Meaning of Portfolio Management
Portfolio management is defined as the process of managing individual investments for maximizing the overall returns within a given time frame. It is simply the art of choosing the best investment policy for investors in respect of maximum return and minimum risk. This investment approach works on performing a SWOT analysis of distinct investment avenues considering the goals of investors at specified risk appetite. Portfolio management enables people to know the right plan of investment according to their risk potential, income, age, and budget.
The money of people is invested under the supervision of experts i.e., portfolio managers whose main focus is on earning maximum profits at the lowest risk level. These managers hold a specialized license in the investment field and are highly knowledgeable about various instruments of the market. The portfolio managers provide clients with customized investment solutions considering their needs and requirements by employing the technique of portfolio management.
Types of Portfolio Management
Various types of portfolio management are as follows: –
Active Portfolio Management
Active portfolio management is a type of management where the manager is more focused on generating maximum returns for investors. Portfolio managers are actively involved in securities trading where they put a significant part of their resources. They usually buy stocks when their value is low and sell them off as the value increases.
Passive Portfolio Management
This type of portfolio management is one where managers are concerned with a fixed portfolio that is constructed in alignment with current trends of the market. Portfolio managers invest more in index funds which carry steady return although it is low but may turn out to be profitable in the future.
Discretionary Portfolio Management
Discretionary portfolio management is a type where investor place funds with portfolio managers and entrust them with the authority of doing investments on their behalf. It is the responsibility of the manager to look after all investment needs, and documentation and choose suitable strategies of investment as per investor goal and risk appetite.
Non-discretionary Portfolio Management
Under this type of portfolio management, investors get advice from portfolio managers on investment choices. It is up to the client or investor to either accept or reject the expert advice. All outcomes of investment be it profit or loss belong to the investor himself and the service provider (portfolio managers) gets consideration for rendering services in form of fees.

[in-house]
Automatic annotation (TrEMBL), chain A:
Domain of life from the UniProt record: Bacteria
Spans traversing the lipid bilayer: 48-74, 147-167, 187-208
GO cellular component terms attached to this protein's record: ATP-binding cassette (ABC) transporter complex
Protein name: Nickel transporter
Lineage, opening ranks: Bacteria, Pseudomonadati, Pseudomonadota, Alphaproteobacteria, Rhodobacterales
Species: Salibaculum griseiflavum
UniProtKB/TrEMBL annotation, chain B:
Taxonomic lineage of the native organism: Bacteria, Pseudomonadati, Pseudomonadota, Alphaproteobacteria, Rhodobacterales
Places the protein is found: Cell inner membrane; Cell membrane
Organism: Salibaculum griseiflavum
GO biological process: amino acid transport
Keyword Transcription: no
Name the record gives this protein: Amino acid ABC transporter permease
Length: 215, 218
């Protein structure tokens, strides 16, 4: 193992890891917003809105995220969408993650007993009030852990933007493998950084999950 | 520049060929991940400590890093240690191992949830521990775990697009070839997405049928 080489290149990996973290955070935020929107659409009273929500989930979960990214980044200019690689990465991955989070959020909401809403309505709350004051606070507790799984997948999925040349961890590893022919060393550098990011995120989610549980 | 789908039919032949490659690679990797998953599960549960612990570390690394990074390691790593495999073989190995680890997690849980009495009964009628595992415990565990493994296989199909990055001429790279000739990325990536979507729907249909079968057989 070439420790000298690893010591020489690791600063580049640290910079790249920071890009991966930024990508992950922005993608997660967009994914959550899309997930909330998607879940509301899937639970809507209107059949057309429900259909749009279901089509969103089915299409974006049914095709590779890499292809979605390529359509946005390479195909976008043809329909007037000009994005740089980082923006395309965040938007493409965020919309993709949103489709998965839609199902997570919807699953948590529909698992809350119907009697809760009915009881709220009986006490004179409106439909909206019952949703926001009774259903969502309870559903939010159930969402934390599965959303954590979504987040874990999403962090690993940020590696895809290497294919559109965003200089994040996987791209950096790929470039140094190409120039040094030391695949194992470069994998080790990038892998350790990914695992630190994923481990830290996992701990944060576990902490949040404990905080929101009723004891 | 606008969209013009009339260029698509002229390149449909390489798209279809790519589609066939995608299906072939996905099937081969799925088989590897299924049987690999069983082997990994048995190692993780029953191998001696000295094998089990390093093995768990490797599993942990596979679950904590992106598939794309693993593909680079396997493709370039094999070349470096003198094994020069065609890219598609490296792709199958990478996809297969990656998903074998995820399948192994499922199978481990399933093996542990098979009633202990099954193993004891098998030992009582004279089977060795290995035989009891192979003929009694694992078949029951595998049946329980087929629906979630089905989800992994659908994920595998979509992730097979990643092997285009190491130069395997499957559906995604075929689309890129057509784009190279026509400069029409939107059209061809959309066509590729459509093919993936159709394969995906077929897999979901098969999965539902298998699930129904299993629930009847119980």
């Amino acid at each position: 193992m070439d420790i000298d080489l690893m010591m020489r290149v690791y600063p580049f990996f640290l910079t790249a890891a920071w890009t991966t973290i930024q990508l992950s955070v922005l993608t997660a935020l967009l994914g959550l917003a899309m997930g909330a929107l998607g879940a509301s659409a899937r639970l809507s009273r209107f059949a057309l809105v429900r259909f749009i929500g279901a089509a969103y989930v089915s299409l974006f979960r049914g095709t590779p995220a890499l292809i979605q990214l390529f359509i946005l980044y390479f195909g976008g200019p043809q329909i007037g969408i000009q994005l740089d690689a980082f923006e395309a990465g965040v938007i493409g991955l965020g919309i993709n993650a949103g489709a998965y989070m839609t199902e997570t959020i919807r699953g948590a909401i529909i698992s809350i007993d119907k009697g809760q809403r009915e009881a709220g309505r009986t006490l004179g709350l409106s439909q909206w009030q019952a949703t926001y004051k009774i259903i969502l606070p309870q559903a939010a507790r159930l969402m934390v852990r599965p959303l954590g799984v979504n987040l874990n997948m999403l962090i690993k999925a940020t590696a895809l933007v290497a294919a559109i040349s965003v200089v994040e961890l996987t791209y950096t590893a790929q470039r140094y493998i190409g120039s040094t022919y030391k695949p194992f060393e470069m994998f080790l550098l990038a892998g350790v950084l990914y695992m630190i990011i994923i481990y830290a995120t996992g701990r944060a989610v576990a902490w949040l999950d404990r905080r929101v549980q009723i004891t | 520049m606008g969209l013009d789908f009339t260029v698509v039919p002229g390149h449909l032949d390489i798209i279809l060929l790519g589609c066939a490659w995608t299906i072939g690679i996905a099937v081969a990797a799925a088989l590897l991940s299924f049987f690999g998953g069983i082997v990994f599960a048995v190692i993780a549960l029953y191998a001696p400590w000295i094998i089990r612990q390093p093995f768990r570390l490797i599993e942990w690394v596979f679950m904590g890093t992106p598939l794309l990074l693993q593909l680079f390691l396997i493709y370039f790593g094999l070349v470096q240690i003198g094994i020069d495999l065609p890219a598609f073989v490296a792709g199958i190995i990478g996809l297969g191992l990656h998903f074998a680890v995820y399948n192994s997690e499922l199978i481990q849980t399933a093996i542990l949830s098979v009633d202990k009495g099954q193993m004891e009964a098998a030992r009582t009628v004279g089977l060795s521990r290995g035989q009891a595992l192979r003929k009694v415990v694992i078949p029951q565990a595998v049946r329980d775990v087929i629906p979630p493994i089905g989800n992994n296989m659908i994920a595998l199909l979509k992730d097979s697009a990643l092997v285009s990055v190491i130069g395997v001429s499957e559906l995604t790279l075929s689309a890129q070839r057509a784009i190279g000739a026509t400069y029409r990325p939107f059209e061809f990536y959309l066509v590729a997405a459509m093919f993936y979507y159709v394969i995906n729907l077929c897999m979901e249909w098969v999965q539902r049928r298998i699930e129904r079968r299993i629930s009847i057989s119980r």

Objective of Portfolio Management
The key elements of portfolio management are discussed in the points given below: –
Proper asset Allocation
The right long-term mix of assets is key to effective portfolio management. This means stock, bond, commodities, derivatives, cash, and cash equivalents all of which differ from each other in volatility terms and do not move in the same direction. Asset allocation is basically concerned with choosing an appropriate mix of these assets which provide the right balance and security against risk. It is more about managing the overall risk as numerous studies have shown asset allocation to be the key determinant of both returns as well as the volatility of the portfolio.
Asset allocation, therefore, focuses on optimizing the overall risk/return of investors via selecting a mix of assets that have a low correlation to one another. Individuals having aggressive profiles can weigh their portfolio towards more volatile securities whereas one having a conservative profile towards conservative securities.
Predicting the winner or losers in the world of investment is quite an impossible thing. There are lots of fluctuations going on at every point in time across distinct investments trading in the market. The prudent approach to deal with such a high-risk environment is to hold a basket of investments that provide broad exposure within the asset class. Diversification is all about spreading the overall risk and return within asset class by holding multiple types of securities instead of going for only one type. Knowing which particular subset of the asset class is going to outperform is difficult therefore diversification aims at getting returns of all sectors over time along with less volatility at any time period. Proper diversification is created across multiple classes of securities, sectors of the economy, and geographical regions.
Rebalancing and Restructuring
Rebalancing and restructuring mean bringing back the portfolio to its original target allocation at regular intervals which usually take place on annual basis. It is mainly done in order to retain the original asset mix which reflects the risk/return profile of the investor. For an instance, a portfolio that was originally formed with 70% equity and 30% fixed income allocation may shift to 80/20 allocation due to external market movements. The portfolio gets exposed to high-risk value as compared to what investors can tolerate which is now returned to its original position via rebalancing.
Rebalancing generally leads to the selling of high-priced/low-value investments and putting the money recovered back into low-priced/high-value investments. This practice carried out on annual basis helps investors in capturing gains and opens opportunities for growth in high-potential sectors while keeping them aligned with their respective risk/return profiles.